So with no safe and effective drugs currently available, Celgene plans to position investigational therapy, GED-0301 as one of the preferred regimens in future years. The drug is expected to become physician's and patient's choice due to anticipated improvements in clinical efficacy and systemic exposure resulting in lesser side-effects as compared to existing standard of care. Further, the therapy is also expected to benefit due to its oral mode of delivery.
Where does GED-0301 fit in the treatment paradigm for Crohn's disease?
Celgene may position GED-0301 mainly in earlier stages of treatment for Crohn's disease, as a prebiologic. This estimation is based on positive results from Phase 2 dose ranging study, which evaluated efficacy of 10mg, 40mg, and 160mg daily dosages of GED-0301, as compared to a placebo, in patients suffering with active Crohn's disease. These results were announced on March 18, 2015, and involved 166 patients afflicted with moderate-to-severe Crohn's disease.
It was seen that 65% of the patients who were administered 160mg daily dosage, demonstrated clinical remission on day 15 and day 28 of the trial. This was in sharp contrast to results seen for patients on placebo as only 10% of these patients achieved clinical remission on these days. 67% patients on 160mg daily dosage of GED-0301 reached gluticocorticoid-free clinical remission on 84th day of the trial.
The phase 2 trial demonstrated efficacy of 40mg and 160mg dosages of GED-0301. This has helped Celgene in zeroing on 160mg daily dosage of the drug, to be tested in Phase 3 trial.
CD-001 trial data further reiterates efficacy of GED-0301
On September 12, 2016, Celgene announced interim top line results from ongoing Phase 1b trial, CD-001, which is studying GED-0301 in patients with active Crohn's disease. The efficacy of the drug in this difficult-to-treat patient population is being used measured based on clinical remission, clinical response, and endoscopic improvements. These 63 patients had also confirmed endoscopic inflammation at the start of the trial.
In CD-001, GED-0301 is being tested on a heterogeneous patient population which comprises of those who failed to respond to TNF inhibitors as well as those who have undergone surgeries. Patients suffering with proximal and distal Crohn's disease were included in the trial. The study has been enrolling patients from multiple countries and has 80% of its trial subjects from North America.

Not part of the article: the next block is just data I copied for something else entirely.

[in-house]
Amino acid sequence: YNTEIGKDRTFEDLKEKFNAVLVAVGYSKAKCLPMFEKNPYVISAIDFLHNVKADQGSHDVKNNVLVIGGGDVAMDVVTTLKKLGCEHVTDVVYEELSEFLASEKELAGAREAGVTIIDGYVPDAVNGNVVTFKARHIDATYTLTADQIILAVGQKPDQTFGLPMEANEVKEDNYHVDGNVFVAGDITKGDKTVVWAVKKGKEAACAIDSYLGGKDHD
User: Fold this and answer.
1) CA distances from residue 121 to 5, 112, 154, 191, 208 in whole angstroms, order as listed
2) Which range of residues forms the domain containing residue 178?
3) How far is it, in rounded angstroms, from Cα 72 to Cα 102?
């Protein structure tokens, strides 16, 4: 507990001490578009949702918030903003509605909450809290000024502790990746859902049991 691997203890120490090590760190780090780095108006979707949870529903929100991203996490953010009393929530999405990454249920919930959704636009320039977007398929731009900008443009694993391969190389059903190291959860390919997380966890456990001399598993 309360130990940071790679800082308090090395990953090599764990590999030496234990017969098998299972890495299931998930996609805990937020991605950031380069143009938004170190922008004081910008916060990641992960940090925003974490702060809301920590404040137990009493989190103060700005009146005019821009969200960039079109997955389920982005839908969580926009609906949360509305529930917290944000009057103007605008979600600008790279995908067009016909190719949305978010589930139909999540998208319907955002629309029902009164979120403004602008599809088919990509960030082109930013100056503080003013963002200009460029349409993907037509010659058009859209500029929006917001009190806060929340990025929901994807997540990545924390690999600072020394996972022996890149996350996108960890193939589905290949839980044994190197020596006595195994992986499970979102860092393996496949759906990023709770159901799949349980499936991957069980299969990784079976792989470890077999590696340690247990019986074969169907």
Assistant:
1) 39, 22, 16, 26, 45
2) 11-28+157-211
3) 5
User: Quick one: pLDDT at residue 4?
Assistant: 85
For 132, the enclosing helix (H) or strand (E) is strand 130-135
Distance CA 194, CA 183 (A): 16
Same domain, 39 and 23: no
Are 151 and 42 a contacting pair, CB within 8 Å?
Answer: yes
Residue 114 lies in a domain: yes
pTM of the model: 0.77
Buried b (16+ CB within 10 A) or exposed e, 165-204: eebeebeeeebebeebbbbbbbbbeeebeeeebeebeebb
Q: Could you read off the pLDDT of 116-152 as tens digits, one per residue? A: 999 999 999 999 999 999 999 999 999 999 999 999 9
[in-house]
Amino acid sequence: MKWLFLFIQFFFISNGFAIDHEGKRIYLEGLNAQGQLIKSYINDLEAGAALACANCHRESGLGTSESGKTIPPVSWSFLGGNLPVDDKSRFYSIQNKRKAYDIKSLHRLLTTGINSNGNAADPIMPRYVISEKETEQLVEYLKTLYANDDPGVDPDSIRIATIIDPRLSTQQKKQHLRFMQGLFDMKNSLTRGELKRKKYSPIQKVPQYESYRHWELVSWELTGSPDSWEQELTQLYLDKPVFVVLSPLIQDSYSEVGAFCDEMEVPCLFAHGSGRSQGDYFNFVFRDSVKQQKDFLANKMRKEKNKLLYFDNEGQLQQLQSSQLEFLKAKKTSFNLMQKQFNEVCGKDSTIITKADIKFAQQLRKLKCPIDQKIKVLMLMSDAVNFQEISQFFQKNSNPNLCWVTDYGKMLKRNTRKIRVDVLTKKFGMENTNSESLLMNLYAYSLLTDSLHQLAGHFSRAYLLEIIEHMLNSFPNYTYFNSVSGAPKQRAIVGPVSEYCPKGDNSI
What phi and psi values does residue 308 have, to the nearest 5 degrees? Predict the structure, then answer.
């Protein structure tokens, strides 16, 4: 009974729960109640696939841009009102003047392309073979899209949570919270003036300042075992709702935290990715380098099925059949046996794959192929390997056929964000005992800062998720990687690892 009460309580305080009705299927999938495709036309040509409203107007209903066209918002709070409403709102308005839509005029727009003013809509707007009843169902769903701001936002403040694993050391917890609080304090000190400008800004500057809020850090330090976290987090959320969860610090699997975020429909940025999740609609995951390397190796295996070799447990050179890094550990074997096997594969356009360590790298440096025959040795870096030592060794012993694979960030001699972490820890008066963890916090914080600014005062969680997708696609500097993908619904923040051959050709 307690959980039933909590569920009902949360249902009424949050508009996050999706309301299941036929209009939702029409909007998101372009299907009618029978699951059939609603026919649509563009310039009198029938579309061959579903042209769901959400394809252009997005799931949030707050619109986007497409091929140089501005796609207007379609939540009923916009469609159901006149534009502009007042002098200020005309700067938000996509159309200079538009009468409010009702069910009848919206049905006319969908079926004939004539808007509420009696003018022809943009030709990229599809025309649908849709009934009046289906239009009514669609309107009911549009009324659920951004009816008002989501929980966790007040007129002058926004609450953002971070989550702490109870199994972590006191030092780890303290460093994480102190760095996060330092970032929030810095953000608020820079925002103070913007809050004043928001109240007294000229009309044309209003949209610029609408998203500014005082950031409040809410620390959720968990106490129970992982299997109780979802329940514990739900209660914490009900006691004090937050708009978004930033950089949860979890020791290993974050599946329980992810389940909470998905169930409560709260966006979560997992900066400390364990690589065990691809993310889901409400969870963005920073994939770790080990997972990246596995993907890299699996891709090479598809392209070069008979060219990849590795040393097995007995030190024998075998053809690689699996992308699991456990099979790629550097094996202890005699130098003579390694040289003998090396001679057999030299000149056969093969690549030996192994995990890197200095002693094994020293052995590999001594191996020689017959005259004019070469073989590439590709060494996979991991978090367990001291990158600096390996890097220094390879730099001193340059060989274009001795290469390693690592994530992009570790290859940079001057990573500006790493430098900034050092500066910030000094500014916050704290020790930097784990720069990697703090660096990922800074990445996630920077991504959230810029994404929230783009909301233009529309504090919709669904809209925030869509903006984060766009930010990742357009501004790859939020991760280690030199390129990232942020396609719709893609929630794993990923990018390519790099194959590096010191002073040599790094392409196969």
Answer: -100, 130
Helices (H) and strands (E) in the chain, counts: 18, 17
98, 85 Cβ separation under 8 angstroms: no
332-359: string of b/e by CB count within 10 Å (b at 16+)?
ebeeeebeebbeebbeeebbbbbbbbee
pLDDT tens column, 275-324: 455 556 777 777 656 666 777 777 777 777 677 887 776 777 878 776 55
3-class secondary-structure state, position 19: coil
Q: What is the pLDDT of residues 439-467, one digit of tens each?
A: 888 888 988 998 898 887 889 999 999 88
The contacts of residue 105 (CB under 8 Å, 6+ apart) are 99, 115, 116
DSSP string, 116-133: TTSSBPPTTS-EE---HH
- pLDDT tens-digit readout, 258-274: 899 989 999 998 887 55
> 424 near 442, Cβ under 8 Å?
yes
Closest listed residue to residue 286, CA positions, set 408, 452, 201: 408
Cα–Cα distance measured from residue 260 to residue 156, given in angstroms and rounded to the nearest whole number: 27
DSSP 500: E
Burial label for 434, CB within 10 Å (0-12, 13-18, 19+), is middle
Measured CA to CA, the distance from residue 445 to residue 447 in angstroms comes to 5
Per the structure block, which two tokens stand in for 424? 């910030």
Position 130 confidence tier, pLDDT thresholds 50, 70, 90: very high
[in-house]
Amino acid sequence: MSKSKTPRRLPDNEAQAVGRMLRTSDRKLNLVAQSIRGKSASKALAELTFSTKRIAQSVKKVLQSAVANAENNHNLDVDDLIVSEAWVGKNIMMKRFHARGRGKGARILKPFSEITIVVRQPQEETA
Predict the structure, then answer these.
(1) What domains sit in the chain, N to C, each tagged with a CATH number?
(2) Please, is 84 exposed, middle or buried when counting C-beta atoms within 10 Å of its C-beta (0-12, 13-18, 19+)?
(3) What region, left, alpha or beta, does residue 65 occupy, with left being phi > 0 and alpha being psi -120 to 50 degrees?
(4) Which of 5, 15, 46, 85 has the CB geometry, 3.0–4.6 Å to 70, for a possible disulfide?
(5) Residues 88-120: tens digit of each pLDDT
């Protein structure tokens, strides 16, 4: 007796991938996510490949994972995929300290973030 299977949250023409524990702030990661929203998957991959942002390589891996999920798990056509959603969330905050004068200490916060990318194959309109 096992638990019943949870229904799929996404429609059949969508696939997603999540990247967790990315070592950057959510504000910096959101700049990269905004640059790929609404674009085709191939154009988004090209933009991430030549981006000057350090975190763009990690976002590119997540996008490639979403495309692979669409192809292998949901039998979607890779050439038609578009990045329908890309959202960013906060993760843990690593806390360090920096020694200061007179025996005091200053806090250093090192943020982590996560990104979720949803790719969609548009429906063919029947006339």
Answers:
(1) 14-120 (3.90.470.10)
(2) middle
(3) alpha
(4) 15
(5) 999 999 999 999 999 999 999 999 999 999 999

The above diagram shows design of CD-001 trial. This trial involves patients with Crohn's Disease Activity Index score in the range of 220 to 450 and involved either ileum, colon, lower small intestine, or all the parts. These patients also had endoscopically visible disease symptoms, which were measured through using simple endoscopic score for Crohn's disease or SES-CD. Here patients have SES-CD score equal to or higher than 7. For patients with Crohn's disease involving ileum, SES-CD score had to be higher than 4. It was also required that the patients also fail to respond to one of the existing therapies such as budesonide, aminosalicylatyes, immunosuppressants, TNF inhibitors, and corticosteroids.
While the trial has specifically focused on difficult-to-treat patient population, it has excluded those with Crohn's disease restricted to left colon as well as those with Crohn's disease complications such as fistulas, strictures, and abscesses. Patients who had been surgically operated in past six months prior to enrollment or those who had undergone intra-abdominal surgery in past three months before enrollment, were excluded. Finally, patients who failed to respond to more than two TNF inhibitors or therapy with integrin antagonists, were rejected from the trial.
The trial has set its primary objective based on improvement in SES-CD score while secondary objective is based on improvement in CDAI score and safety and tolerability of drug.